Coronavirus: The vital role of school cleaners

Written by: Jon Richards | Published:
Jon Richards, national secretary, UNISON

As the coronavirus crisis continues, the risks to school cleaners seem to have been forgotten, says Jon Richards

If you read my articles for SecEd regularly, you will know that a recurring theme is the way that different staff groups are treated in schools – particularly those in the lowest pay grades.

One group I have wanted to write about for a while is school cleaners – a group too often ignored until their value suddenly becomes apparent, as has been the case of late. Having worked in the fields of HIV and health and safety, I can tell you that I value these colleagues greatly.

At the time of writing, there are more than 20 schools closed due to concerns about pupils and/or staff who may have had exposure to COVID-19.

I am not questioning why these schools have closed – but the way that a couple of them have treated their cleaners does raise concerns.

When considering closure, most of the schools contacted the relevant authorities and introduced sensible procedures; some engaged with their local union reps to help the process.

However, some simply shut their doors and told their cleaners to do an immediate “deep clean” – suggesting that all they required was a mask and gloves to do so.

Unsurprisingly some of the cleaners involved were worried at the risks they faced and contacted us.

We checked for relevant government advice but could not see any specific information on the government websites. So we went straight to colleagues in the Department for Education (DfE) who have helpfully been providing us with regular up-to-date information. We highlighted the gap and suggested that schools ought to be doing risk assessments in these circumstances before deciding on a course of action.

The DfE told us that schools should contact their local Health Protection Team. In the DfE’s view, they were best placed to advise as each situation would be different (for details of your local team, see further information).

We responded by saying that consistent advice across the local protection teams would be very helpful – especially as cleaning staff are not always in a strong position to argue with school management. Cleaning staff are vulnerable to snap decisions and so the more detailed and relevant any guidance is, the more it helps to protect the lowest paid and most undervalued staff.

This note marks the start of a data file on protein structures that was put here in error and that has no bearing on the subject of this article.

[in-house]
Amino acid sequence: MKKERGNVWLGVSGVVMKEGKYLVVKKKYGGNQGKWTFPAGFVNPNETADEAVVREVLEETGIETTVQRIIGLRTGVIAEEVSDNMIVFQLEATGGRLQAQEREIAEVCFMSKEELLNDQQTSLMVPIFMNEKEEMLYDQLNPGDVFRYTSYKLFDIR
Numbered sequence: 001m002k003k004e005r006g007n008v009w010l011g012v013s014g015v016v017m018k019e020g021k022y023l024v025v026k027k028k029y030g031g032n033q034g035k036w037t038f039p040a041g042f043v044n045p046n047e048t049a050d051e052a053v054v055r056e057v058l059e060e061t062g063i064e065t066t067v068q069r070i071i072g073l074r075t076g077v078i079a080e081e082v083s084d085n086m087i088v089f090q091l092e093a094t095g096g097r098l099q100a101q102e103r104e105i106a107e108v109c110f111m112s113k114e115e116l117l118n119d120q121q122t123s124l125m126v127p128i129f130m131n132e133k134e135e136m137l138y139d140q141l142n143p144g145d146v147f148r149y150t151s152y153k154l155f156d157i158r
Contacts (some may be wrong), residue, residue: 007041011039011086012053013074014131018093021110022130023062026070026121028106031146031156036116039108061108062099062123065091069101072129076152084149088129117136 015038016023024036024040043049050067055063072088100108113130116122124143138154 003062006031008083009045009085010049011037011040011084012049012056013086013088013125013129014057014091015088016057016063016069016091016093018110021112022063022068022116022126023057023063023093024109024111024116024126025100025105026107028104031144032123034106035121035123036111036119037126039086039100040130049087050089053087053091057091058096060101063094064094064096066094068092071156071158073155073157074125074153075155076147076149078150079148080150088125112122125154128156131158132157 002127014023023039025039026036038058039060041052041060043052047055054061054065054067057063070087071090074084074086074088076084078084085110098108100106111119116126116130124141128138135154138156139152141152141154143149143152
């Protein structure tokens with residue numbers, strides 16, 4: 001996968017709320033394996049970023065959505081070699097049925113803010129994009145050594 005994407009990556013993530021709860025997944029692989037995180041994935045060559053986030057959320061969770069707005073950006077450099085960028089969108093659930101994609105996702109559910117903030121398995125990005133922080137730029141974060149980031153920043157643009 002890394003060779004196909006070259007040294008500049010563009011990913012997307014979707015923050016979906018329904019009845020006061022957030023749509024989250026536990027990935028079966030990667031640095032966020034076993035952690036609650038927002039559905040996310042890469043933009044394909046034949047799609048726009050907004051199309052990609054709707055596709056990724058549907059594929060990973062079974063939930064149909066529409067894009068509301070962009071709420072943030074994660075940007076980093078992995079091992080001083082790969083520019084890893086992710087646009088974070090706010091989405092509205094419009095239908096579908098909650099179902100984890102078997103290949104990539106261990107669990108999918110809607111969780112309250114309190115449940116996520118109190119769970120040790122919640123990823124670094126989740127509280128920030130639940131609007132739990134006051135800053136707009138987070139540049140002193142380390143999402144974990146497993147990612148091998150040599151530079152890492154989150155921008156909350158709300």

To be fair, the DfE promised to take this up with the relevant public health bodies and subsequently specific and helpful advice was issued about decontamination in non-healthcare settings (see further information).

Overall a good result, but I remain surprised that some schools had not chosen to do an initial risk assessment before instructing their cleaners.

I know it is a bit dull, but health and safety and the basics of risk assessment come to the fore at times like these. A risk assessment is a simple process. Very basically: identify the hazard; identify all those who may be harmed and how; identify what risks they face and how these can be avoided – or if not avoided then reduced; record the assessment and review it regularly. For more, see the Health and Safety Executive’s website.

In this case, all the schools had identified the risk and that pupils and staff could be harmed. However, some did not identify the potential risks to cleaning staff.

The hierarchy of risk measures mean that the first thing to consider is avoidance. If the school is going to be closed for a while, might it be sensible to hold off cleaning until just before it reopens, as viruses and bacteria die off outside of a host body over time?

However, if the school is not going to stay closed for long then maybe a specialist company should be called in (although beware as we have heard that some cowboy firms are seeking to cash in).

Finally, perhaps the risk assessment shows that the risk is very low and so a belt and braces clean is appropriate – but this also means that staff are given the right personal protective equipment, such as properly fitting masks and gloves.

As our knowledge of the virus increases and the public health advice gets better, we will all be able to take a more informed risk-based approach to new situations.

Hopefully one of the consequences of this outbreak – alongside some people learning how to wash their hands – is recognition of the vital role that cleaners play in everyday life. They should not be taken for granted.

  • Jon Richards is national secretary for UNISON.

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